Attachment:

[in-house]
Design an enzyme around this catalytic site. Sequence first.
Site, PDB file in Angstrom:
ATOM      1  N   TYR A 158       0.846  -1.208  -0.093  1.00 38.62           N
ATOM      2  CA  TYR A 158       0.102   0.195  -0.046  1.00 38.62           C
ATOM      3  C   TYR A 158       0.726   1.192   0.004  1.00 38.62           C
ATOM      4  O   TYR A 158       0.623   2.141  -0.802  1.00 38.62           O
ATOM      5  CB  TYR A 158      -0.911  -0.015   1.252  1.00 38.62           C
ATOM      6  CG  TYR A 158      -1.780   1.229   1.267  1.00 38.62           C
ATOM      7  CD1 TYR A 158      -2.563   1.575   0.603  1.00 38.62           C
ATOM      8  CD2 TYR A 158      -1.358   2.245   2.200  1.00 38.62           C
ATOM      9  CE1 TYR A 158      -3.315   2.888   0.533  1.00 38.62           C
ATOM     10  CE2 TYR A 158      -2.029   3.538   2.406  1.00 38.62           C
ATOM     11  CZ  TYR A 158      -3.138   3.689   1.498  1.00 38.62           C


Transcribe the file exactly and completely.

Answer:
[in-house]
Design an enzyme around this catalytic site. Sequence first.
Site, PDB file in Angstrom:
ATOM      1  N   TYR A 158       0.846  -1.208  -0.093  1.00 38.62           N
ATOM      2  CA  TYR A 158       0.102   0.195  -0.046  1.00 38.62           C
ATOM      3  C   TYR A 158       0.726   1.192   0.004  1.00 38.62           C
ATOM      4  O   TYR A 158       0.623   2.141  -0.802  1.00 38.62           O
ATOM      5  CB  TYR A 158      -0.911  -0.015   1.252  1.00 38.62           C
ATOM      6  CG  TYR A 158      -1.780   1.229   1.267  1.00 38.62           C
ATOM      7  CD1 TYR A 158      -2.563   1.575   0.603  1.00 38.62           C
ATOM      8  CD2 TYR A 158      -1.358   2.245   2.200  1.00 38.62           C
ATOM      9  CE1 TYR A 158      -3.315   2.888   0.533  1.00 38.62           C
ATOM     10  CE2 TYR A 158      -2.029   3.538   2.406  1.00 38.62           C
ATOM     11  CZ  TYR A 158      -3.138   3.689   1.498  1.00 38.62           C